Malls are lumbering, claustrophobic dinosaurs, while anchor stores like Macy’s and Kohl’s are shuttering hundreds of locations. Fresh Direct and Peapod make it easier and quicker to stock a cupboard than wading through the jam-packed neighborhood Kroger, and Amazon and eBay and Overstock sell, well, everything.
Who needs retail anymore?
In fact, 71 percent of U.S. consumers say they still prefer to buy from physical stores even if the same products are available online, according to a recent TimeTrade survey, which alsofound that 85 percent like to shop in stores because they say they want to “touch and feel” items before buying them.
Online shopping accounts for only about 9 percent of total consumer retail spending, according to the most recent quarterly figures from the U.S. Census Bureau. But make no mistake—everyone from retail behemoths to specialty boutiques is feeling the pressure to adapt more seamlessly to the digital world, to bring in that all-important foot traffic and to deliver an experience that consumers can get nowhere else.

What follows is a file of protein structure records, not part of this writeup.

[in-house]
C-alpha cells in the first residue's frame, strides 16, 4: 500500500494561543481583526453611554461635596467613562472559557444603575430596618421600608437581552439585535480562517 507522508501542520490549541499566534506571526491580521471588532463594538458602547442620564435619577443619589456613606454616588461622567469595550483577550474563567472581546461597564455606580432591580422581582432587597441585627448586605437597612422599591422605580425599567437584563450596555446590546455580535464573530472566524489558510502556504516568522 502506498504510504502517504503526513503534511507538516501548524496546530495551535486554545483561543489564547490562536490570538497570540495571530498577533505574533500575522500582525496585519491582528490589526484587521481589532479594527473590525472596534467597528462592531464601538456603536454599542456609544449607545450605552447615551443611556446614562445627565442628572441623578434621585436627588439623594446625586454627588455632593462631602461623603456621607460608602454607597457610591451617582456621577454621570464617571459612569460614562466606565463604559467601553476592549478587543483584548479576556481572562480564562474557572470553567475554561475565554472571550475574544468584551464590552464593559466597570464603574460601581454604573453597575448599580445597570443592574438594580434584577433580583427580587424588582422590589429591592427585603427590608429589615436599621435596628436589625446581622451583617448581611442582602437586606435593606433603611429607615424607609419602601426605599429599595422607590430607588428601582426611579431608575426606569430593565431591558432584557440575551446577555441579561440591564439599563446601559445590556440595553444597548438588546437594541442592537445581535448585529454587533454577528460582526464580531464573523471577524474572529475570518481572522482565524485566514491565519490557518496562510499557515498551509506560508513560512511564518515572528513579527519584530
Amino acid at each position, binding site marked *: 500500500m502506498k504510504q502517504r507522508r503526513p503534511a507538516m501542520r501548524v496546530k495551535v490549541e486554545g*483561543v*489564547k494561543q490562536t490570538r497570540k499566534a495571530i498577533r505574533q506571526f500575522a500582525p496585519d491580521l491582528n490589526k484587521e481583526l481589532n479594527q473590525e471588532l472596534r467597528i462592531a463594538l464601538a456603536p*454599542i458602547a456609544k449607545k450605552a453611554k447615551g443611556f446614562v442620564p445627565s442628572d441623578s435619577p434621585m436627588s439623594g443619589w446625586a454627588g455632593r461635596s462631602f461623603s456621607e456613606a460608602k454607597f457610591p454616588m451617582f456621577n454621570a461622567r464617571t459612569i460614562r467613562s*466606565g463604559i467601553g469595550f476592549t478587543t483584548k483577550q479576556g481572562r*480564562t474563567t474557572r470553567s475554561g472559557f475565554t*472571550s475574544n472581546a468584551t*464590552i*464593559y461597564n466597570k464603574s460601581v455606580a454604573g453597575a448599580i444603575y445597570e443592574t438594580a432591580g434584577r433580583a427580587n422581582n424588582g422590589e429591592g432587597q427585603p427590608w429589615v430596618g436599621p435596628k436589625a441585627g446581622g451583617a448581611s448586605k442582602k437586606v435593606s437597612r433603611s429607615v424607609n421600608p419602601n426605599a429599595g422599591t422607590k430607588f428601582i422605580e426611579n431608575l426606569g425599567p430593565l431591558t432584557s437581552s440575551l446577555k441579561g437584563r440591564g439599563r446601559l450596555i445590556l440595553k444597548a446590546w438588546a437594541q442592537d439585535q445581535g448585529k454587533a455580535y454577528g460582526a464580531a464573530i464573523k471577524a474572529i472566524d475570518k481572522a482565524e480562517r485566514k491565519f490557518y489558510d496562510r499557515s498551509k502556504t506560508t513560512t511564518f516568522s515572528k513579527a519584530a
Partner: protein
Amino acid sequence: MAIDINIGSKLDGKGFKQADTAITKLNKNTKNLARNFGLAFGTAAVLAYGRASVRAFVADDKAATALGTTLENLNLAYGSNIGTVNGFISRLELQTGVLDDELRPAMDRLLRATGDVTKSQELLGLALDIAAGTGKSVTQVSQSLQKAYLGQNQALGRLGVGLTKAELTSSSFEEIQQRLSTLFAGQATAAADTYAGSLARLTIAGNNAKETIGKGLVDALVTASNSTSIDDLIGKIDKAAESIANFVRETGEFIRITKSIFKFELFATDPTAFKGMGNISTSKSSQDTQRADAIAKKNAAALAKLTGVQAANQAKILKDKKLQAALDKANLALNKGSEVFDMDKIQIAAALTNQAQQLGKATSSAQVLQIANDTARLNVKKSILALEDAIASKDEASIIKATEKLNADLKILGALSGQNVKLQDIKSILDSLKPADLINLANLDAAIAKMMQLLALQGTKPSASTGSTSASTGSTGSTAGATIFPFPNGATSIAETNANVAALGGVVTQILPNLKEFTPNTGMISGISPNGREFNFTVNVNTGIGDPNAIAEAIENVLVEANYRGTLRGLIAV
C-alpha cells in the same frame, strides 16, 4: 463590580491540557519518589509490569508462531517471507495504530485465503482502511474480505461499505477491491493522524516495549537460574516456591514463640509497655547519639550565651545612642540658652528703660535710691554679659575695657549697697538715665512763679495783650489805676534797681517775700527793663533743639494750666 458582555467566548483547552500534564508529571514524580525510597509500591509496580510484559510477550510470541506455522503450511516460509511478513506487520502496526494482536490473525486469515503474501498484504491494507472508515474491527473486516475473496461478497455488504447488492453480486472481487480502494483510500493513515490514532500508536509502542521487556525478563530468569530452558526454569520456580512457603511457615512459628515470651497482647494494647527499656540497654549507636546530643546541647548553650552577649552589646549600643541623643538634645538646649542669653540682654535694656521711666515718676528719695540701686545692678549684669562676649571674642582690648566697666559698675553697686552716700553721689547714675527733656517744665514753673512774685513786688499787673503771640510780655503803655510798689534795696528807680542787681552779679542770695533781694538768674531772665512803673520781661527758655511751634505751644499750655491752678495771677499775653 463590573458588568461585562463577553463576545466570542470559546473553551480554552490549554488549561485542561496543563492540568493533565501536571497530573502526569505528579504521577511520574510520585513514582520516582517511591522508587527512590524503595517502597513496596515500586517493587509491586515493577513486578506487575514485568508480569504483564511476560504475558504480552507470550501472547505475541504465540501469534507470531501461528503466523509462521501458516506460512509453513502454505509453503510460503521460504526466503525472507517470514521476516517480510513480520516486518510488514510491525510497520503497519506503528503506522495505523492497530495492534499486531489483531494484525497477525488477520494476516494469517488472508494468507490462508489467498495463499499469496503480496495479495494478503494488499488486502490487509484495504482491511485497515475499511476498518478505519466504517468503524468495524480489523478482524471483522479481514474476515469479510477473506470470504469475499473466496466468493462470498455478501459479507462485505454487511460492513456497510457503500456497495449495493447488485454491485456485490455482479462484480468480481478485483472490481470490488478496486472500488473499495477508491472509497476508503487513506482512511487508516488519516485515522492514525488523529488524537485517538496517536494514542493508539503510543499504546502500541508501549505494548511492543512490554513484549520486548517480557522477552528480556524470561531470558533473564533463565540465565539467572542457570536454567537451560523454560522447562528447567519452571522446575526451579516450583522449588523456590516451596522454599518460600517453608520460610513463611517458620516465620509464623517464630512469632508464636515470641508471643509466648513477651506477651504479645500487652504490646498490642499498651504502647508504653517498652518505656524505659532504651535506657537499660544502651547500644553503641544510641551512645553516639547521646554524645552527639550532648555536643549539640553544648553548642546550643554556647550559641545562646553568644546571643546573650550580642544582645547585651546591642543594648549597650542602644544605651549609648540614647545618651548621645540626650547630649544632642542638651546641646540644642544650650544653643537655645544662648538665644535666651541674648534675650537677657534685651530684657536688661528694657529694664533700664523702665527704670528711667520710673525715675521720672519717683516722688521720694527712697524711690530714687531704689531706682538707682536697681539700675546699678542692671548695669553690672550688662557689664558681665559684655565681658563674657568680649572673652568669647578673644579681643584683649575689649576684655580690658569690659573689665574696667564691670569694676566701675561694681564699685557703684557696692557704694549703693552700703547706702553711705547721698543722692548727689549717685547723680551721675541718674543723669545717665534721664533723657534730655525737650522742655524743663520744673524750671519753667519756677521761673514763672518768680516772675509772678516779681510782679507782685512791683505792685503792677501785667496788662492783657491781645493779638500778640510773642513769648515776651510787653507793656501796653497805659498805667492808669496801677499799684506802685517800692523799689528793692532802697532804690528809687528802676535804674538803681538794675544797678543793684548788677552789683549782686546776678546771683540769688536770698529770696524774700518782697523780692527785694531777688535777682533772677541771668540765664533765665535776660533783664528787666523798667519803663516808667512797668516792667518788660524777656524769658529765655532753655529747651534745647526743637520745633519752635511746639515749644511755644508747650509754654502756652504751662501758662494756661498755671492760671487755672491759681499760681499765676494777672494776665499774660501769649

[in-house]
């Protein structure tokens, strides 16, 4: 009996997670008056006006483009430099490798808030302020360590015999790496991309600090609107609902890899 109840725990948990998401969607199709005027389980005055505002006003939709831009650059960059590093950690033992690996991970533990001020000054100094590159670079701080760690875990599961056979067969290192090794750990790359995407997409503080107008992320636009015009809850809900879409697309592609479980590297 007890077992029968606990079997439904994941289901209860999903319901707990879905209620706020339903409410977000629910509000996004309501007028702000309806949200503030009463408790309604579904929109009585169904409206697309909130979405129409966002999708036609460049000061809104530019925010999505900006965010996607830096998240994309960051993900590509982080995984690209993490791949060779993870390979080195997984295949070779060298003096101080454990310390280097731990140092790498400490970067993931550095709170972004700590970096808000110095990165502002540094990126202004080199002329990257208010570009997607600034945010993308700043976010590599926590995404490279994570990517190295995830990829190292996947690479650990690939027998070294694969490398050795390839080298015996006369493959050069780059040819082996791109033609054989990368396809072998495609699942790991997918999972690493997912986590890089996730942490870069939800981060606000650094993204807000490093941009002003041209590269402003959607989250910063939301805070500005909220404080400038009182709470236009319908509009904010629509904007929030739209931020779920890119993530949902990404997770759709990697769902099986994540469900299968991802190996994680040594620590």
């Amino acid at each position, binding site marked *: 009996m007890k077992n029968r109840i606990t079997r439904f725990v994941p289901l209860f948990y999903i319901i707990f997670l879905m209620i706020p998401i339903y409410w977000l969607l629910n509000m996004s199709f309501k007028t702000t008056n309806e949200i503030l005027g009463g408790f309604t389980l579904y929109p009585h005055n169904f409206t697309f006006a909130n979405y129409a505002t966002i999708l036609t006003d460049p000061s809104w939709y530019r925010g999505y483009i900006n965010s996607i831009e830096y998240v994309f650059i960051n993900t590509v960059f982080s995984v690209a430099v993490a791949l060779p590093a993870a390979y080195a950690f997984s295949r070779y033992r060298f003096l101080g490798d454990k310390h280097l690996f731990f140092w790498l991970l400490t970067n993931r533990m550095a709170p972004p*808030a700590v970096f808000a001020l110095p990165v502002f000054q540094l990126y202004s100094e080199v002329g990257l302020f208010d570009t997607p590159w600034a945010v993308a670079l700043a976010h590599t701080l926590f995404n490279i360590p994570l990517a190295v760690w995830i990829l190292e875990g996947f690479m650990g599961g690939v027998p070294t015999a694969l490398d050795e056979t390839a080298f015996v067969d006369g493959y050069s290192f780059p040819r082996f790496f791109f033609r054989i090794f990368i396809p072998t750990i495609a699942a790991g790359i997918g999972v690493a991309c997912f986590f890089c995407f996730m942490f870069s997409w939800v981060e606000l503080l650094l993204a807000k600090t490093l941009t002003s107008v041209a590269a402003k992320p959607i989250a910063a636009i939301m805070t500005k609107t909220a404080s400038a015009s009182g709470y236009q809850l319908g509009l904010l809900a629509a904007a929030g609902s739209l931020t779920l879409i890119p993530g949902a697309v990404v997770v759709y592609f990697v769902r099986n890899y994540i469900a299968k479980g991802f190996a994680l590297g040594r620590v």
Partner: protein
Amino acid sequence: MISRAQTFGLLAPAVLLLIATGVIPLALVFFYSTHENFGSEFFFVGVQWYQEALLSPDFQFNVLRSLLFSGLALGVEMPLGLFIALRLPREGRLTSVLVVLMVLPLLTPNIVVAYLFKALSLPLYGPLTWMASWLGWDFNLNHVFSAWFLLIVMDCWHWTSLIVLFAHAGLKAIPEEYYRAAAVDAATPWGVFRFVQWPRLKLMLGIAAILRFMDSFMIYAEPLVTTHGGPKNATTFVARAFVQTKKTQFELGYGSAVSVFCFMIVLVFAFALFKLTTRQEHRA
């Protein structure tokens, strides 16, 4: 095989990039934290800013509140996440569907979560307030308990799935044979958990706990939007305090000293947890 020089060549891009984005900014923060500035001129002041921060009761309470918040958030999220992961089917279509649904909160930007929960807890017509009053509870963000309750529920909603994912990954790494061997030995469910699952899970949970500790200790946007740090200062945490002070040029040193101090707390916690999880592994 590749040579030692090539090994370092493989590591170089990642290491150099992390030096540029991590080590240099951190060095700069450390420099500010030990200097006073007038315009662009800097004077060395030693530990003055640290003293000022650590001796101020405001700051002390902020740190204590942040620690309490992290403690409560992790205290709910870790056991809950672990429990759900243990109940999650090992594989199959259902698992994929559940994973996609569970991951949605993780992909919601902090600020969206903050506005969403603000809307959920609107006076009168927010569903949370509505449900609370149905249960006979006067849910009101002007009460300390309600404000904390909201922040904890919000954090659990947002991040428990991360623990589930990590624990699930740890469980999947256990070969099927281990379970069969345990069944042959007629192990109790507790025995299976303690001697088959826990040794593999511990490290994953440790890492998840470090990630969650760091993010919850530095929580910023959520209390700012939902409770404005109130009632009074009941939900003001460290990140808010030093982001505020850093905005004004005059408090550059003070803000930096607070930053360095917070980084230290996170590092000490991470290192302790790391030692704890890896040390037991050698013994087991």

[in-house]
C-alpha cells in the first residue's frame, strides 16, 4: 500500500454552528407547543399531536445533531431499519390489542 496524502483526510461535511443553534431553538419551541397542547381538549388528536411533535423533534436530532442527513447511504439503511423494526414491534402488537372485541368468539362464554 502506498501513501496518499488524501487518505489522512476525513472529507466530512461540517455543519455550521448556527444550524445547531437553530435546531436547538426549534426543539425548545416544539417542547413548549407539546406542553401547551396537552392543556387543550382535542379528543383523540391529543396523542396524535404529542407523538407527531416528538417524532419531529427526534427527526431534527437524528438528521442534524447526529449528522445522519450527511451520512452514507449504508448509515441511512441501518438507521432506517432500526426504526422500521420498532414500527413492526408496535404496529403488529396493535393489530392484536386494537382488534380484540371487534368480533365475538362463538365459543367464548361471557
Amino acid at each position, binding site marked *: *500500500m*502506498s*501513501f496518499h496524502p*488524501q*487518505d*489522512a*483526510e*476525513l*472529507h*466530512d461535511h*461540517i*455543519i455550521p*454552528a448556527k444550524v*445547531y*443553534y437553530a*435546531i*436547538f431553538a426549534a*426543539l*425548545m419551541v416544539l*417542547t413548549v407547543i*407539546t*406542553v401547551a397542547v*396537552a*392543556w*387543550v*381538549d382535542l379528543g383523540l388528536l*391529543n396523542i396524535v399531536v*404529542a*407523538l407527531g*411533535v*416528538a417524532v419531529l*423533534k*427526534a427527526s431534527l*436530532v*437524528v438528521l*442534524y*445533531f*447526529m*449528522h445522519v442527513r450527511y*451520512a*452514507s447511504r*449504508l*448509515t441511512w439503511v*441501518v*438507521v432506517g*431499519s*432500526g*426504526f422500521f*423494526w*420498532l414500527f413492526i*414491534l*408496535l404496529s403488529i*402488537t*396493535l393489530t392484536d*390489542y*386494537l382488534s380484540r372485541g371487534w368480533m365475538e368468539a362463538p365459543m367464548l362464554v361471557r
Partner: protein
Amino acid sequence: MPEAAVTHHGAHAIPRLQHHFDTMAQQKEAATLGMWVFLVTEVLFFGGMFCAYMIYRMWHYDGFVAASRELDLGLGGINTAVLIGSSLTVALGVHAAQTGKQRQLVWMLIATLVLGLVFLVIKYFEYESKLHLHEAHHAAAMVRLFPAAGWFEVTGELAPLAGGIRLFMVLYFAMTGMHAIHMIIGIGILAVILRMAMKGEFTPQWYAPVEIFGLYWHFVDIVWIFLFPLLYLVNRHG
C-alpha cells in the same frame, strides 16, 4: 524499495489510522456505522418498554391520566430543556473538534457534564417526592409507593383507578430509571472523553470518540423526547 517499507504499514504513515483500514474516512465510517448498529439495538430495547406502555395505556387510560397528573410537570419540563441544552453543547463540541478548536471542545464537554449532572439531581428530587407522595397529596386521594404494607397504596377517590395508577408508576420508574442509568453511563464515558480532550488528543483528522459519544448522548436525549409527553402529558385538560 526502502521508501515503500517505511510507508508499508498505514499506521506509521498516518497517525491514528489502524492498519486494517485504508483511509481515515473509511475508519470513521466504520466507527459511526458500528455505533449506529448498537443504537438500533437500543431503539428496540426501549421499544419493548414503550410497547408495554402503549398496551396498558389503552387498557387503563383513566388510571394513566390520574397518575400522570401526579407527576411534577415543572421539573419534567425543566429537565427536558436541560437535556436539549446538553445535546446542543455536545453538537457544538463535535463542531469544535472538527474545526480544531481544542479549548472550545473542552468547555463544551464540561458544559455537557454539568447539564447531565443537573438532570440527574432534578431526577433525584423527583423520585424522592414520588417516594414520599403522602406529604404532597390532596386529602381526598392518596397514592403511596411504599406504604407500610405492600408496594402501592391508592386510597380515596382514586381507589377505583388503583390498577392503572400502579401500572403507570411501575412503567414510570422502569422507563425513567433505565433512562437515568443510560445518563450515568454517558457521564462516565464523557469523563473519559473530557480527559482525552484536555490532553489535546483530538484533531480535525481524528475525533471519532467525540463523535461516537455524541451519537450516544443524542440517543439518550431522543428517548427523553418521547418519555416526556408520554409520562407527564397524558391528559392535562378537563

That’s a tall order at a time when the average head of household in the U.S. has cut his or her number of shopping destinations by 30 percent since 2010, WPP CEO Martin Sorrell said at the recent Shopper Marketing Summit in New York. The power is squarely in thehands of the consumer, and building brands has never been tougher, he noted.
High-tech bells and whistles (get ready for humanoid robots as sales associates) are only part of the equation, analysts say, and if retailers have their eye only on a consumer’s wallet, they’re more likely to falter. “Shoppers’ most valuable asset isn’t their dollars, it’s their attention,” says Christopher Brace, CEO at Syntegrate Consulting in New York. “Every move should be vetted against its ability to capture the shopper’s attention. If it can’t, then its relevancy significantly lessens.”